Home and Away; beasts and mutants

This week’s Home and Away stories explore the weird and wonderful, the mythical and the mutated.



When I was growing up in Cornwall there was sometimes news of sightings of an animal that became known as the Beast of Bodmin Moor.  Commonly considered to be an escaped big cat now roaming the moorland, the Beast has been ‘spotted’ on numerous occasions across the county.  I can’t remember the last time the local news has re-ignited this story, but in the past week a man has claimed to have spotted the creature up a lane near his house in Redruth, Cornwall (a good drive down the A30 from Bodmin Moor may I add).  Now, I’m not ageist but our eye witness is a 72 year old gentleman, who has claimed to have spotted the Beast a total of three times during his lifetime.  Maybe he’s just a batty old man?  Perhaps he has an obsession with the strange animal.  No-one else can support his claims, and the Beast seemingly wandered off across farmland, leaving all animals untouched and wasn’t seen again.  I’ll leave you to decide the solidity of these claims.  Click here to read the full story and make your own mind up.

Some pictures of previous ‘Beasts’ that have been sighted in Cornwall…

Copyright Google images
Copyright Google images
Copyright Google images
Copyright Google images



More beast-like animals in this week’s story from Thailand, in the form of two separate births of mutated piglets.

The first, a piglet that had, “…five legs, two tongues and fangs sticking out of it’s mouth.  Its feet, rather than having trotters, were capped with five eerily human toes.” (www.phuketgazette.com, 2013) was born in the north east of Thailand.  Unfortunately the little pig beast didn’t make it into the evening of it’s first day alive.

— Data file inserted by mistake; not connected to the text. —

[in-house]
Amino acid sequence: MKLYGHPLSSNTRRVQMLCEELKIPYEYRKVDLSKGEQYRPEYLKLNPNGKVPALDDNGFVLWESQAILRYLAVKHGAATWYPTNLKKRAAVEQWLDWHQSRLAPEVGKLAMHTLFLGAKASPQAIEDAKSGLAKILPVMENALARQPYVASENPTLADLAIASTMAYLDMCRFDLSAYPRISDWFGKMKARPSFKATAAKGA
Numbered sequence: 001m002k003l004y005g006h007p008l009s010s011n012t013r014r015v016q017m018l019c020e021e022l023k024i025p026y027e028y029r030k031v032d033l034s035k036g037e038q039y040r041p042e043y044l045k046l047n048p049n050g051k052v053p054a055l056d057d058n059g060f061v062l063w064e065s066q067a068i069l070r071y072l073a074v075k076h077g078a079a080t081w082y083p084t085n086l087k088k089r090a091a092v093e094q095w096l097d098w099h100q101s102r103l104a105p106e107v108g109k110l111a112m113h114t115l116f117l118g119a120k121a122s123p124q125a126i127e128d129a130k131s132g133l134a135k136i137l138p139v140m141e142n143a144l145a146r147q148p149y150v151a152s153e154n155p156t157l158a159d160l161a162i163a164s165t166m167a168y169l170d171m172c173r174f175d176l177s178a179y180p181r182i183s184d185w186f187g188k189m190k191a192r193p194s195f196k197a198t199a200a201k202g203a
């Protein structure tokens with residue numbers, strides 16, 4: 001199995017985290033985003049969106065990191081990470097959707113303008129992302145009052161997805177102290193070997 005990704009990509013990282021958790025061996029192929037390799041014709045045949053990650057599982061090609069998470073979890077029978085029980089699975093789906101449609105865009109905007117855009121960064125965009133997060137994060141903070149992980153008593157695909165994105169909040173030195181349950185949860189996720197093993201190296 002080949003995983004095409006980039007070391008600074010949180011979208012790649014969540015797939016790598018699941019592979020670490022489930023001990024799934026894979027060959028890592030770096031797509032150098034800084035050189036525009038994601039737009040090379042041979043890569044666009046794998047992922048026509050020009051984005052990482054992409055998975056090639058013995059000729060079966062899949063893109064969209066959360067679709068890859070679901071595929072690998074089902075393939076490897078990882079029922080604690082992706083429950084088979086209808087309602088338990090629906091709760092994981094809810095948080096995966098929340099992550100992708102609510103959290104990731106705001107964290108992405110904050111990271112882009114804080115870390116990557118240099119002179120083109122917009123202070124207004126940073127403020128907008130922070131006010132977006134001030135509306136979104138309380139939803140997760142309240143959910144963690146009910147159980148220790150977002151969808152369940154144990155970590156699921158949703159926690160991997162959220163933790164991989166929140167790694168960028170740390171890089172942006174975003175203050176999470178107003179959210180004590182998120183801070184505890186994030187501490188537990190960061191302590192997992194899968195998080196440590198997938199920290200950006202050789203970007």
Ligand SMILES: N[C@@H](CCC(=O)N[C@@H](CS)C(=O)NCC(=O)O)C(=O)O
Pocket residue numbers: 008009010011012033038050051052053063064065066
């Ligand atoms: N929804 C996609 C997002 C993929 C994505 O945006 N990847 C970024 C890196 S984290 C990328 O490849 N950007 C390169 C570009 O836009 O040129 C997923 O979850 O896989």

The second piglet was born in a province that neigbours my own, Nakon Si Thammarat, and was described as having, “…two heads, two mouths, two tongues and three eyes.”  (www.phuketgazette.com, 2013).  Again, it didn’t live very long.

Despite not being alive for very long, both cases of mutant piglet births resulted in local villagers gathering to look at the animals to gain an insight into sucessful lottery numbers, which is apparantly a custom that I am not aware of but does not surprise me.

In both villages, on opposite ends of the country, the same winning lottery numbers were seemingly drawn from viewing the piglet beasts.  Strange… but true!

I couldn’t find any pictures of these specific mutant piglets but I am sure you can use your imaginations…

In and around Hat Yai; Ton Nga Chang waterfall

We went on this little day trip ages ago but I didn’t realise that I never made a post about it.  I have to share how amazing this place is and right on our doorstep too!

Ton Nga Chang waterfall is about 20 minutes out of Hat Yai.  We went there on the motorbike so I’m not sure what the public transport situation is to get there – I expect you would need to take a tuk tuk or taxi.  Annoyingly, as the area is designated a national park we had to pay 200 baht entry fee.  This entry fee is only 30 baht if you are Thai, they really hike the price up for foreigners.  It’s frustrating when they do that because having lived her for a short while now I am able to read a little Thai; enough to see clearly that on one side of the board it says 30 บาท (baht) and on the other it says 200 baht.  I didn’t have my work permit to hand so I wasn’t able to try and get in for cheaper but someone that we had spoken to who can speak a lot of Thai wasn’t able to get in for the Thai price even with his work permit so I think it would be impossible for us to either.  I understand the concept of having to make money out of tourists, especially in areas of natural beauty that are no doubt damaged by the tourist trail, but a little recognition that we are actually working over here, teaching the future generations of the country, would be nice sometimes.